Frank Stirn (Eric Stoltz) moves with his family to become a barber for the American Army and POW camp at Fort McCoy, Wisconsin, in the summer of 1944. Embittered that he cannot fight, Frank must take a stand when a Nazi SS Officer threatens his wife (Kate Connor, playing her real-life grandmother). Her Catholic sister (Lyndsy Fonseca) falls for a Jewish soldier (Andy Hirsch) haunted by the battle of Monte Cassino and the death of his best friend (Matthew Lawrence). Their audacious friend (Camryn Manheim) encourages the couple, while the local priest (Seymour Cassel) cannot. Frank's daughter befriends a German prisoner boy during this magical summer, but war still finds its victims even thousands of miles from the battlefields in rural America. Written by
monterey media inc.
For those of us who grew up in this era, this movie was a very lovely trip down memory lane. As others have commented, the acting in this movie was not the best, but the attempt to recreate the era was quite realistic and exceptionally well done. The living conditions, the technology, the social mores and the nature of life at the time were very accurate well depicted.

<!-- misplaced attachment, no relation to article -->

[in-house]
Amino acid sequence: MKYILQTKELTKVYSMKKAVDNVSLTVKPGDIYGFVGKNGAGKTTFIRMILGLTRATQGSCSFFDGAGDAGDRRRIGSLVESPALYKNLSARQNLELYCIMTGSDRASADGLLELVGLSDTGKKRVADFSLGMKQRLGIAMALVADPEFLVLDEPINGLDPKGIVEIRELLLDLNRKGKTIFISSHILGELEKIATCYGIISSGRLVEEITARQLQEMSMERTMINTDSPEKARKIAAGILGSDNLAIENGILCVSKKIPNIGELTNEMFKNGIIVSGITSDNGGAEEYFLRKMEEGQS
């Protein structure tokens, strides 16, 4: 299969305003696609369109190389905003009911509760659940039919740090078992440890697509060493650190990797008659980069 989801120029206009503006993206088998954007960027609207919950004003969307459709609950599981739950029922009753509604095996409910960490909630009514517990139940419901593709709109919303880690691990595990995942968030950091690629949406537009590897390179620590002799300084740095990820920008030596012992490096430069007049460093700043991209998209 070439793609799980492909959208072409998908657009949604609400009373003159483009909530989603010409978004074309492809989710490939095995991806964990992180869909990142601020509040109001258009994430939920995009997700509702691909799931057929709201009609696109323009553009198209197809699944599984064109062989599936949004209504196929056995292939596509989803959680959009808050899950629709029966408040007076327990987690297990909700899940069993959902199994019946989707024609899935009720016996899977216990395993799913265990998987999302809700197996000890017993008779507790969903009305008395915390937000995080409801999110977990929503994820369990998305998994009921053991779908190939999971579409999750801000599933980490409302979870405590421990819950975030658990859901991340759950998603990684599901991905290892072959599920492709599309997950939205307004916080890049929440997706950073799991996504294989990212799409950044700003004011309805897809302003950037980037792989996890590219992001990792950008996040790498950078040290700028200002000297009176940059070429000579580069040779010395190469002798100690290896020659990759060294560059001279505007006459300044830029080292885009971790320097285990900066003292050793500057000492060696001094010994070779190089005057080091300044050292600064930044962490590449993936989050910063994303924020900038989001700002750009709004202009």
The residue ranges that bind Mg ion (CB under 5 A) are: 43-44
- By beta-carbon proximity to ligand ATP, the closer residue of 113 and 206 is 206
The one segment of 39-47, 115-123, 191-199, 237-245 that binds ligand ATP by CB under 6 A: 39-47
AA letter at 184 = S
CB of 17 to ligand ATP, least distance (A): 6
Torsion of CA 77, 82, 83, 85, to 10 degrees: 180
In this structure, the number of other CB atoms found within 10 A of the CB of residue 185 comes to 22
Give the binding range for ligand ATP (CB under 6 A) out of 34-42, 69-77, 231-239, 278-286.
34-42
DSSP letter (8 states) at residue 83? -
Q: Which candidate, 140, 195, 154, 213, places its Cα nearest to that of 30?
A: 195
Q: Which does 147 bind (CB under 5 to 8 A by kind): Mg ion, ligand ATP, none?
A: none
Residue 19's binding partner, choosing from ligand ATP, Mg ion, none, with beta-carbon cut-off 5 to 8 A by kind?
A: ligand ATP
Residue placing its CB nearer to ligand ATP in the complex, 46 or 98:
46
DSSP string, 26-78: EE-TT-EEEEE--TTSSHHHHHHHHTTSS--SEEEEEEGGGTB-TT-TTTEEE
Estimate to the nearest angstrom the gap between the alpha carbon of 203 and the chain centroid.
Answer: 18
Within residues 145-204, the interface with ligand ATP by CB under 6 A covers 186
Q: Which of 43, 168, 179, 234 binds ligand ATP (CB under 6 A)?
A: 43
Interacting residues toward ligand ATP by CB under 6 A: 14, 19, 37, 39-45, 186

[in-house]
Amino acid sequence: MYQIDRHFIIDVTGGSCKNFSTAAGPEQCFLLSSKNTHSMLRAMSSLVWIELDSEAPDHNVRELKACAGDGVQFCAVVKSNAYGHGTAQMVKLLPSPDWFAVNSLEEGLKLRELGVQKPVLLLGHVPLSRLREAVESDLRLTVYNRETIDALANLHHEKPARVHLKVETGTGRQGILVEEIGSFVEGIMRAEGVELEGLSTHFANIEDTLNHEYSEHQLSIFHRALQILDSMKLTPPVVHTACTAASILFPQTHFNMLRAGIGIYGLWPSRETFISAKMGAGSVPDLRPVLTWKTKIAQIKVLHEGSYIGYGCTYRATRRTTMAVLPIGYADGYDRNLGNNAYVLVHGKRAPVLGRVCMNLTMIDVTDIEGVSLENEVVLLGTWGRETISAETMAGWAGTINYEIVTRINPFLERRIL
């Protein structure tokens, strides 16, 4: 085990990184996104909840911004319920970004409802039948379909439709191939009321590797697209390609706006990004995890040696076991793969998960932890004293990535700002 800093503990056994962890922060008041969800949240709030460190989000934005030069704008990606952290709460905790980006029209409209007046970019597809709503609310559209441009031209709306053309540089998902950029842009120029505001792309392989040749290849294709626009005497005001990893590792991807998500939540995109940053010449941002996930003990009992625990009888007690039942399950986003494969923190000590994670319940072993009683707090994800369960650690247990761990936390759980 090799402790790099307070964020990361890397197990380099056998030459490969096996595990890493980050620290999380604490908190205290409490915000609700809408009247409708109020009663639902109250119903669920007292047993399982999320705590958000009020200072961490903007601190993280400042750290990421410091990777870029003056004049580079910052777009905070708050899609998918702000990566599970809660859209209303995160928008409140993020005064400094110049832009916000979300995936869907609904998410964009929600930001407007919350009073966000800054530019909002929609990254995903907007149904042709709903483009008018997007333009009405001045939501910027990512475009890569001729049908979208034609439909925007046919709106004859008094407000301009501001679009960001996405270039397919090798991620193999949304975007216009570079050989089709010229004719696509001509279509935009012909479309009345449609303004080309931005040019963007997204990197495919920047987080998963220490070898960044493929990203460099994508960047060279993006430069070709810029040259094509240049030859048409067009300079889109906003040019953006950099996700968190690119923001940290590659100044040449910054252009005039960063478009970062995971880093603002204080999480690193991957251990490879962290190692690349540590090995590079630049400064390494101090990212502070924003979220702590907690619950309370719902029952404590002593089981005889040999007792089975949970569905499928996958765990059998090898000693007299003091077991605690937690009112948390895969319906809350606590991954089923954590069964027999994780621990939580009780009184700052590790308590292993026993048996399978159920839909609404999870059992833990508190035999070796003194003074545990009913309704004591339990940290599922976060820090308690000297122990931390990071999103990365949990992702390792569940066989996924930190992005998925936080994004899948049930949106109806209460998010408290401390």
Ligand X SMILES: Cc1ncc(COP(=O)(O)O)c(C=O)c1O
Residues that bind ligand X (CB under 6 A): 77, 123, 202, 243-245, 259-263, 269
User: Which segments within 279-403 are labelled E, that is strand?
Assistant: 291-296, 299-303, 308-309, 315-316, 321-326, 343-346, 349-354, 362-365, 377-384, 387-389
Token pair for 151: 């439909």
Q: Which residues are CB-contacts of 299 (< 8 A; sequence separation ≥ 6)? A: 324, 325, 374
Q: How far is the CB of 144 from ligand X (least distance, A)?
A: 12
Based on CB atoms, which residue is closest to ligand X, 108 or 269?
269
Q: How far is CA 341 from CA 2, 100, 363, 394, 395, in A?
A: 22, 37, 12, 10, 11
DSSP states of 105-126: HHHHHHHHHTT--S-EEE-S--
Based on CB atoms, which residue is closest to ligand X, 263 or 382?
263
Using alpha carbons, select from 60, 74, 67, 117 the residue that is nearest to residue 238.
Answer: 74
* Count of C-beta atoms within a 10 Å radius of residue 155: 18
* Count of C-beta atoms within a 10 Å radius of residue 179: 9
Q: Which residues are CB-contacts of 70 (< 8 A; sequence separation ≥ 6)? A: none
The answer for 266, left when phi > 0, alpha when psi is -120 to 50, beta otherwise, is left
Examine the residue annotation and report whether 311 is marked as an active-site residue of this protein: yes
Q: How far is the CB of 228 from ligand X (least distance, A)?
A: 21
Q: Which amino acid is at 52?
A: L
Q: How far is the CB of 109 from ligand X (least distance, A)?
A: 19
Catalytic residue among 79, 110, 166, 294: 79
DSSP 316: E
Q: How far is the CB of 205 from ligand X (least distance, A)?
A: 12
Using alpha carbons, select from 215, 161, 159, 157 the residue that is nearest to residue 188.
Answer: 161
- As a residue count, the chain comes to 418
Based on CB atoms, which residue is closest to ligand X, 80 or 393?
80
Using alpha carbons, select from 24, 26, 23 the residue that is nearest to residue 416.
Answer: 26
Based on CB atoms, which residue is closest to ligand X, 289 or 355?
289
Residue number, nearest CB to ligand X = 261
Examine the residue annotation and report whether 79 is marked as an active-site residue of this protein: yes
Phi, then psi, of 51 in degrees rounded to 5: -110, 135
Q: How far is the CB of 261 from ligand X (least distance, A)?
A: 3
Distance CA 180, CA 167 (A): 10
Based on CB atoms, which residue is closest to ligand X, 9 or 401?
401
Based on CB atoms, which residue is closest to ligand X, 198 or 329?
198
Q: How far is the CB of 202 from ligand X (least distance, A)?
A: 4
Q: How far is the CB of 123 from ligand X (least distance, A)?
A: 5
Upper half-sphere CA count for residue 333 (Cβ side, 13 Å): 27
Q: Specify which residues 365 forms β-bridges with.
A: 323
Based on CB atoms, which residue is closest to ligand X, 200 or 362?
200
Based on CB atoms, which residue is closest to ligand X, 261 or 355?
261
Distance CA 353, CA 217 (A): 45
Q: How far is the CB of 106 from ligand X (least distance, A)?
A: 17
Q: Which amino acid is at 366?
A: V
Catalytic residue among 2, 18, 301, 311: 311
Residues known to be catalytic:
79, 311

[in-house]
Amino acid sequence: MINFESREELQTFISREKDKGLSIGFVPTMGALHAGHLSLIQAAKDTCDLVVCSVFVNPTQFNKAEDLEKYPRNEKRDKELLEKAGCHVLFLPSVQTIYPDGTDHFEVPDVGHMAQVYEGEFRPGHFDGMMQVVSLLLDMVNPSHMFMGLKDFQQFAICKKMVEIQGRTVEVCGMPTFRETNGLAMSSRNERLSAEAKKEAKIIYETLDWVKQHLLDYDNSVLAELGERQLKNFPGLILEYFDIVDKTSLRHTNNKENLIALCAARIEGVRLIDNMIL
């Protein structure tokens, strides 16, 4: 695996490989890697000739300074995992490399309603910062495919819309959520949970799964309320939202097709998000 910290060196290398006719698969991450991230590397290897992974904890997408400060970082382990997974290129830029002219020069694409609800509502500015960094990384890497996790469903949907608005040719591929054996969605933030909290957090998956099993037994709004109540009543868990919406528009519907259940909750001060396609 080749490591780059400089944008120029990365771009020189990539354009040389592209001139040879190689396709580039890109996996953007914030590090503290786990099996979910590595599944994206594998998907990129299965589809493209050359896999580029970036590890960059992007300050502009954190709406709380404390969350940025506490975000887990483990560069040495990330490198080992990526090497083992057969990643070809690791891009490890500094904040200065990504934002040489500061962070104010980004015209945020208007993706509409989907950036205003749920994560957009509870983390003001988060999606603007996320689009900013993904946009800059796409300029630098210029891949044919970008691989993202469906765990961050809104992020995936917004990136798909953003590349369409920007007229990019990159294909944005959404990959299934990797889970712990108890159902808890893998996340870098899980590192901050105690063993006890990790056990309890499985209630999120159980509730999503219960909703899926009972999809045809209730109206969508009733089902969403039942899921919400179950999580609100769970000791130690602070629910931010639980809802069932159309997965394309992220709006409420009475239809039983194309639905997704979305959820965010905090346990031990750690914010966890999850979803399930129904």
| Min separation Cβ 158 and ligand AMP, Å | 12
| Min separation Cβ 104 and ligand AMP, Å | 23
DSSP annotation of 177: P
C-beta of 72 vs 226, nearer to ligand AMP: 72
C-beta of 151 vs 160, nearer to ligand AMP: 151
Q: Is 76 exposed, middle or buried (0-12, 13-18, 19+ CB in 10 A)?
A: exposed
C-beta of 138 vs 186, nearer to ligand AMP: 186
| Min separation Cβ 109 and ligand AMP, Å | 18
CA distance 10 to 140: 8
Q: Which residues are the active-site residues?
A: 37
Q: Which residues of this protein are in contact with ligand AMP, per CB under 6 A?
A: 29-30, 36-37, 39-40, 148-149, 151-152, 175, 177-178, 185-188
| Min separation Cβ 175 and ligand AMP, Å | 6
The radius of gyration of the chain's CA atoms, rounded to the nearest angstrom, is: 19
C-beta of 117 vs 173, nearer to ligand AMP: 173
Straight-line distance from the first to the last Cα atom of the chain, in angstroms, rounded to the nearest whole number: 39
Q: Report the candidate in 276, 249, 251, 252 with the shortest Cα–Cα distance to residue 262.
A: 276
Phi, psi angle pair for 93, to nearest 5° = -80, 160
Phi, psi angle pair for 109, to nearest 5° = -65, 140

I personally served at Ft McCoy and can vouch for the authenticity of the site and the facilities depicted in the film. This is a film that preserves an important historic story about a special place, like many other such places in WWII, and a unique group of people serving their county in whatever way they could and trying at the same time to preserve some sense of normalcy. I highly recommend it.
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